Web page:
Twitter whistleblower's Senate testimony no boon for Musk
Twitter’s former security chief, whistleblower Peiter "Mudge" Zatko, levied a host of accusations against the platform to the Senate Judiciary Committee Tuesday, saying Twitter maintained lax security standards, did not vet employee access to user data and would not improve its practices even in the face of government fines.
Why it matters: The testimony comes as Twitter's court fight to get Elon Musk to make good on his deal to buy the company for $44 billion moves forward, but it did not appear to offer much new ammunition for Musk's case.
- Very little of Zatko’s testimony covered Musk’s main argument since July for leaving the deal: his charge that Twitter has been untruthful about the number of bots and fake accounts on the platform.
When Zatko’s whistleblowing report became public last month, it appeared that his complaints against the company could be of use in Musk’s defense.
- Zatko alleged that Twitter lacked the internal resources to fully count the number of bots on the service and had little interest in doing so.
- Musk's lawyers immediately introduced new filings based on Zatko's claims, and the judge in the case, which is set for trial beginning Oct. 17, ruled last week that Musk could introduce this new evidence to the proceeding.
While Zatko’s Tuesday testimony was light on bot-talk, he elaborated on the many security risks he says he observed in his position before the recently installed CEO Parag Agrawal fired him last January.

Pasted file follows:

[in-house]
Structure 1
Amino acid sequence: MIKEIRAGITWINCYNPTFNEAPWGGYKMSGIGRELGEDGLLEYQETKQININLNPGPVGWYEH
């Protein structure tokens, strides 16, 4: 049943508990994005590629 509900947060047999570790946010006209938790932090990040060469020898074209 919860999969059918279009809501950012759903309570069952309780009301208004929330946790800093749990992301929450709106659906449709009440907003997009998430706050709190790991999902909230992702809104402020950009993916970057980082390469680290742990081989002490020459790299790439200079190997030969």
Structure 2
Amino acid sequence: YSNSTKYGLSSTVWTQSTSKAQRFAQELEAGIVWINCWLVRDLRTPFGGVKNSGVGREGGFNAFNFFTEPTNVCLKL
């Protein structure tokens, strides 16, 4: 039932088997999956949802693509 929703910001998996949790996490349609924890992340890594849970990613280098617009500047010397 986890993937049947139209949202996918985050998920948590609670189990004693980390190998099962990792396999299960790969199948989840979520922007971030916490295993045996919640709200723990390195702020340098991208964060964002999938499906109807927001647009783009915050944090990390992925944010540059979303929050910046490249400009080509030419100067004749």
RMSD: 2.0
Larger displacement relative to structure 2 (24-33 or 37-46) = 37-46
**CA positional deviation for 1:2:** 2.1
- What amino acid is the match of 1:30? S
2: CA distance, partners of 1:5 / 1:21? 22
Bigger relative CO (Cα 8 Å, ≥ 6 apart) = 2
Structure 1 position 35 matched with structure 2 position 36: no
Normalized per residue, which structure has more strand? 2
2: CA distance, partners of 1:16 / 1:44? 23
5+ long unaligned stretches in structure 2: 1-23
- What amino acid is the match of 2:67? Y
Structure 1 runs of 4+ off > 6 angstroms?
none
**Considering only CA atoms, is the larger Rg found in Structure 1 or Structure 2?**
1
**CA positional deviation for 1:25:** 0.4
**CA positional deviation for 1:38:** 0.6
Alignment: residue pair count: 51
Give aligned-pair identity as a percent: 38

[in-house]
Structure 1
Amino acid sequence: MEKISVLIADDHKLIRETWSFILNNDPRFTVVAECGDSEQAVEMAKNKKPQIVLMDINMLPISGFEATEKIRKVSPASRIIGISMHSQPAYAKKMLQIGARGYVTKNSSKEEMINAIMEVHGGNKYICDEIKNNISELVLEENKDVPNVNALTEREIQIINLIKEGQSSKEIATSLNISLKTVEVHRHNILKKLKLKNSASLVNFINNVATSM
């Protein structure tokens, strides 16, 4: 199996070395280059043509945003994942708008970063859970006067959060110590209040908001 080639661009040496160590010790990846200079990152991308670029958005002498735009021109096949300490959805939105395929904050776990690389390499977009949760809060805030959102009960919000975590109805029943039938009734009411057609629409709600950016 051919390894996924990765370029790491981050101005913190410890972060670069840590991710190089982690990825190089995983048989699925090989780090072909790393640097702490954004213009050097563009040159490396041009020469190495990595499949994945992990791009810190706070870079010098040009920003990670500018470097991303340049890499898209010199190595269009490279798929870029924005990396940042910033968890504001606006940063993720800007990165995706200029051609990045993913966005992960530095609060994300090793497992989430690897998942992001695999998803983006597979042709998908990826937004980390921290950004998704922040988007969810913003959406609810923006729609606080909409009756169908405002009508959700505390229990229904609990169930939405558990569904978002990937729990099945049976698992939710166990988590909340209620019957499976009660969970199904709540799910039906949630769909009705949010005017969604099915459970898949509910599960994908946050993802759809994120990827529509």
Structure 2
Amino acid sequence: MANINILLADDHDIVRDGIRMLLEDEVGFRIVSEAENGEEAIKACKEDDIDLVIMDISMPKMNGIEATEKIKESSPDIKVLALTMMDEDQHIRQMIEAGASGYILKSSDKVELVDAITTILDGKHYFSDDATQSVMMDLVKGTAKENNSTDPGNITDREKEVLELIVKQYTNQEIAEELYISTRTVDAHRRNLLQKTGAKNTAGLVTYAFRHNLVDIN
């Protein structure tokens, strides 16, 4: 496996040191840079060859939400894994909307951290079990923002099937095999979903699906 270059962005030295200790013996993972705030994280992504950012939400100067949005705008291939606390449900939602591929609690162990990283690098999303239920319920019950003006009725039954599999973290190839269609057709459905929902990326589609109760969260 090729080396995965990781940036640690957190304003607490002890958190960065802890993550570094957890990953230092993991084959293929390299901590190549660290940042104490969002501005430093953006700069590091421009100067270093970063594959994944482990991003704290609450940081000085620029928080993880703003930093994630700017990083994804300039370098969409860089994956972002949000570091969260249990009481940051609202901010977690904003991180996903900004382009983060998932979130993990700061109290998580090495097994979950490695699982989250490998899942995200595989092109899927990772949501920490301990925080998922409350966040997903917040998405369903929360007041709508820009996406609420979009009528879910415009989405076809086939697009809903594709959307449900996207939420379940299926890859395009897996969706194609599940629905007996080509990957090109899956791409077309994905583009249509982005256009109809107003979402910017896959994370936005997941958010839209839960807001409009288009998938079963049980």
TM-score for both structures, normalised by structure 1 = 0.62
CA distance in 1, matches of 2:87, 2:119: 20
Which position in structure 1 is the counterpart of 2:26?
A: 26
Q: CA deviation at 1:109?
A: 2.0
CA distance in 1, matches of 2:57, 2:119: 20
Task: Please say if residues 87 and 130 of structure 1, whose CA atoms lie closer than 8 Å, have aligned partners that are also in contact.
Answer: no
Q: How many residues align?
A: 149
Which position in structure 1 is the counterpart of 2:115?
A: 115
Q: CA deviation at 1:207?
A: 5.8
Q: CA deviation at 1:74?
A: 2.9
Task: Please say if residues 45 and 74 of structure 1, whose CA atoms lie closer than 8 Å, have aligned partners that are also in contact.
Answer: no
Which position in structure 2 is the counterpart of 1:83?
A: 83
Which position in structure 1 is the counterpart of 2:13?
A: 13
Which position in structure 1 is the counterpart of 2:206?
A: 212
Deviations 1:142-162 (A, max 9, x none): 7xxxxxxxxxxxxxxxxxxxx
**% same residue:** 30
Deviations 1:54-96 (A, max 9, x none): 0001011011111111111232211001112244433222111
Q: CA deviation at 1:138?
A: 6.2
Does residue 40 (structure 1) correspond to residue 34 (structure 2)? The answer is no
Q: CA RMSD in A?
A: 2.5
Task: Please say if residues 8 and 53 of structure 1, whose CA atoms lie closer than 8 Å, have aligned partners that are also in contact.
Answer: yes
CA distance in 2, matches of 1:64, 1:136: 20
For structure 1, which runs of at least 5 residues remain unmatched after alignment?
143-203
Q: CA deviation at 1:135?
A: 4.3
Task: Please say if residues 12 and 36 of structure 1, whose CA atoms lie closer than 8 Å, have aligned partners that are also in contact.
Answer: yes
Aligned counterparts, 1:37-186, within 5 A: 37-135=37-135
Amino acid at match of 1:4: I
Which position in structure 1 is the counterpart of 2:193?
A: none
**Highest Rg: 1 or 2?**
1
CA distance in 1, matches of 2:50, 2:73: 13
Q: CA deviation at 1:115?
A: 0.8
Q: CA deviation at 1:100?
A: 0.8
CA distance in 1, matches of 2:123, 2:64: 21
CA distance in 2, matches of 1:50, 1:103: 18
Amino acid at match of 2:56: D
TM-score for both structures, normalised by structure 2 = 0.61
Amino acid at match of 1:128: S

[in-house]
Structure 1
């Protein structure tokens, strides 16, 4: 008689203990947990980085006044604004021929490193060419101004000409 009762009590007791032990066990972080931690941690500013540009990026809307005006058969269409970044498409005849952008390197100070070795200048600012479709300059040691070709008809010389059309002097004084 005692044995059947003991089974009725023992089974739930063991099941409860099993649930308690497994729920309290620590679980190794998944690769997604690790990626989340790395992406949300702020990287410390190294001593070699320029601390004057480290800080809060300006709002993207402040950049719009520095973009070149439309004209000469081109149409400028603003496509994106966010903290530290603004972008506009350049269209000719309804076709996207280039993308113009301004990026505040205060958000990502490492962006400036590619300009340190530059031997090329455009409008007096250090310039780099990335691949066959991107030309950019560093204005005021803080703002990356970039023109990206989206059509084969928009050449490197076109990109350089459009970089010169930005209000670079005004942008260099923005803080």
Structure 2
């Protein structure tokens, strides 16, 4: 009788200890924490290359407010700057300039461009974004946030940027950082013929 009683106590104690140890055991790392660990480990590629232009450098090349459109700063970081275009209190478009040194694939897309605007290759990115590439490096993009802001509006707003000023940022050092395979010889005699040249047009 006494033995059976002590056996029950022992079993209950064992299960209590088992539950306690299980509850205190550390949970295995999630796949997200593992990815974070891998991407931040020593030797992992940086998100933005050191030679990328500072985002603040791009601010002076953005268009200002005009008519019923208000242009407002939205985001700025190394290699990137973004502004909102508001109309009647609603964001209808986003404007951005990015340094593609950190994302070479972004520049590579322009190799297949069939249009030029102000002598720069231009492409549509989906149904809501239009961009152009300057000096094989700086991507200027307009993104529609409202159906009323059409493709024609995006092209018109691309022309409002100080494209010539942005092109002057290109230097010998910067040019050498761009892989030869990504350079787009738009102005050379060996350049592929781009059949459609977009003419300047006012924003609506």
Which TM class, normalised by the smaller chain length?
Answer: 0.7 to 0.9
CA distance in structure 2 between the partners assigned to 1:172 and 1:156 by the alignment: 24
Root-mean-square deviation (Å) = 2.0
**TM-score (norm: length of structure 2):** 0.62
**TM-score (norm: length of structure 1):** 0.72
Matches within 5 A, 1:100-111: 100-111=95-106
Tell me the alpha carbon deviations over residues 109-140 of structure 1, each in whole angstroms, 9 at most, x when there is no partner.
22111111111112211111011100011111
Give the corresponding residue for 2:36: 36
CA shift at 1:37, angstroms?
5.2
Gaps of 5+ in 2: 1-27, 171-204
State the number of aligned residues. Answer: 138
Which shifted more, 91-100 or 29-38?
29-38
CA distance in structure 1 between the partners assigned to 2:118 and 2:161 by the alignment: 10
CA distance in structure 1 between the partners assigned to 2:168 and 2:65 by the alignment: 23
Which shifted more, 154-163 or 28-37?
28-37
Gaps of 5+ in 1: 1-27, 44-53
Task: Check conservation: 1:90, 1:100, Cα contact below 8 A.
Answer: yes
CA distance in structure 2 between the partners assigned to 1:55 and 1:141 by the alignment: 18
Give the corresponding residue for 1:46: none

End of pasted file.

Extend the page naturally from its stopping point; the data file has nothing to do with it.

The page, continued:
- Zatko said that he found that Twitter’s engineers, some 4,000 employees, all had extensive access to company and user account data.
- He said that one-time government fines for violating regulations — such as the $150 million Twitter paid to the Federal Trade Commission over improperly selling user data earlier this year — were built into the company’s operating budget.
Twitter has said that Zatko's complaint is "riddled with inconsistencies and inaccuracies."
The intrigue: Senators from both parties made it clear they support increased government regulation of Twitter and other social media platforms — and that would affect Twitter's future, whoever wins in court.
- Zatko said he was concerned the FTC didn’t have the resources to properly investigate Twitter’s security protocols or vet the information that Twitter provided to the agency.
- Senators on both sides of the aisle discussed strengthening federal regulatory bodies. Sen. Richard Blumenthal (D-Conn.) even suggested the creation of a wholly new agency focused on enforcing tech regulations.
- Yes, but: Years of similar hearings have not moved Congress to approve broad legislation imposing new regulations on the industry.
Yes, but: Zatko’s 200-page whistleblower report filed with Congress and other U.S. agencies could still cause Twitter problems and help Musk’s case.
- Parts of his testimony alleged poor internal reporting practices, which could conceivably be used by Musk in his case.
- “There was a culture of not reporting bad results up, only reporting good reporting results up because that was the internal incentive structure,” Zatko told the committee. “You were rewarded based upon relationships and how you performed in an emergency — not for identifying existing errors and doing the ground work for keeping the lights on and running the business.”
What’s next: As with last year’s Facebook whistleblower Frances Haugen, Zatko could be called before lawmakers again.
- Despite multiple attempts by Musk to delay the case, the Oct. 17 court date still stands — unless the parties decide to settle sooner.
Before the testimony began, Musk tweeted a popcorn bucket emoji.